Russell Westbrook is Beyond Amazing!

03 Apr, 2019

Oklahoma City’s Russell Westbrook is no stranger to ridiculous statistical lines.

Indeed, we’ve become so accustomed to his jaw-dropping performances that there’s been virtually zero fanfare for the fact that he’s all but assured of averaging a triple-double for a third straight season. 

But the Thunder superstar outdid himself Tuesday in a 119-103 victory over the Lakers, joining Wilt Chamberlain as the only players in NBA history to reach or surpass 20 points, 20 rebounds and 20 assists in a single game. 

Chamberlain set the gold standard for NBA triple-doubles in 1968, piling up 22 points, 25 rebounds and 21 assists against the Pistons in what had for decades seemed to be one of his most unassailable feats, right up with his 50.4-point season and legendary 100-point game. 

But despite an off shooting night that resulted in a scoreless first quarter, Westbrook followed suit with 20 points, 20 rebounds and 21 assists, pulling down one last board with 41 seconds remaining to check the final box. 

“Overwhelming,” he said. “I’m humbled. I’m just thankful to be able to compete at a high level and play the game I love.” 

Said teammate Paul George, “It’s just epic. Man. The heart of that guy, honestly, is what’s so amazing about it.”

Westbrook’s feat couldn’t have come at a better time for him or his team. Not only were the Thunder, who had lost 13 of 20 games since the All-Star break, in desperate need of a victory, it came just days after Westbrook’s friend, hip-hop artist and fellow Los Angeles native Nipsey Hussle, was murdered outside his clothing store in L.A.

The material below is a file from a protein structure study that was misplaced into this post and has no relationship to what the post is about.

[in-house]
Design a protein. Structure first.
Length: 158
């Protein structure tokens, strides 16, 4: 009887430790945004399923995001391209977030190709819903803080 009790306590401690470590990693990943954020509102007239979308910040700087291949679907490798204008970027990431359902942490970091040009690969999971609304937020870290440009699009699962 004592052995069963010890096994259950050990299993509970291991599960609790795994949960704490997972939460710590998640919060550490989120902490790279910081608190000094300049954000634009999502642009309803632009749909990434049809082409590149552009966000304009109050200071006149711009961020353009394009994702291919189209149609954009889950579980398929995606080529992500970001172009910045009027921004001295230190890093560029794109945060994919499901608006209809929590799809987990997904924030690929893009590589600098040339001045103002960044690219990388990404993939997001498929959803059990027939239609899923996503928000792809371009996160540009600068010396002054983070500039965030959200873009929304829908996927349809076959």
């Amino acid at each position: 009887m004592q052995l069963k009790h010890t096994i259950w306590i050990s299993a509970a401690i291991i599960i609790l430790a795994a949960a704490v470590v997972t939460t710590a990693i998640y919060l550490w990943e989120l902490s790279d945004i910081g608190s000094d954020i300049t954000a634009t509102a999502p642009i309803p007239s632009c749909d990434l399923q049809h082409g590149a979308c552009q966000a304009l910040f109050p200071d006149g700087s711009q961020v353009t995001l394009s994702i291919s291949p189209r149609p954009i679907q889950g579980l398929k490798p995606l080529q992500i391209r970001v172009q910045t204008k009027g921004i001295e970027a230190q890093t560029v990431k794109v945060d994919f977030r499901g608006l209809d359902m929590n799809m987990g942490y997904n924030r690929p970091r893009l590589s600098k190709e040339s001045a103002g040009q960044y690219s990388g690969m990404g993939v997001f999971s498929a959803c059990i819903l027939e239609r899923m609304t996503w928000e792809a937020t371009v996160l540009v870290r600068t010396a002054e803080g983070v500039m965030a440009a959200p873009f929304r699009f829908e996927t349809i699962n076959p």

“That wasn’t for me, that was for my bro — 20 plus 20 plus 20,” Westbrook said. “Rest in peace, Nipsey.”

To put Westbrook’s achievement into further perspective, there had only been 45 games of even 15/15/15 in NBA history entering Tuesday’s action, including seven by him.

And quadruple-doubles, as exceptionally rare as they are, have still been achieved four times, by Nate Thurmond (1974), Alvin Robertson (1986), Hakeem Olajuwon (1990) and David Robinson (1994).

Westbrook laid the foundation with a unique first quarter in which he failed to score but pulled down seven boards and dished out 10 assists. The latter total was notable (if esoteric) in and of itself, making Westbrook just the fifth player over the past 20 years with multiple double-digit assist quarters. 

That would have been the highlight of Westbrook’s night in most other games. But as his scoring touch came around to match his additional production, it became apparent that something truly special was brewing. 

Westbrook might have been the last to realize as he didn’t appear to be actively pursuing the feat until the final few minutes, when he began camping under the baskets in pursuit of boards.

And with a feat of such singular significance within his grasp, who could really blame him? Certainly not his fellow players, who were every bit as dumbstruck as anyone else who watched it unfold. 

On the macro level, Westbrook continues to climb up the career triple-double list, with his 135 standing just three behind Magic Johnson in second place. Should he maintain his torrid pace in recent seasons, in which he’s averaged roughly 33 triple-doubles over the past three campaigns, Westbrook will have a shot at yet another seemingly untouchable mark, Oscar Robertson’s record of 181. 

No matter where he ends up on the list, it’s unthinkable to imagine any of his future triple-doubles will match, let alone surpass, what Westbrook did Tuesday.

Then again, Russ has proven to be quite adept at doing the seemingly impossible.

Image Sportscenter twitter

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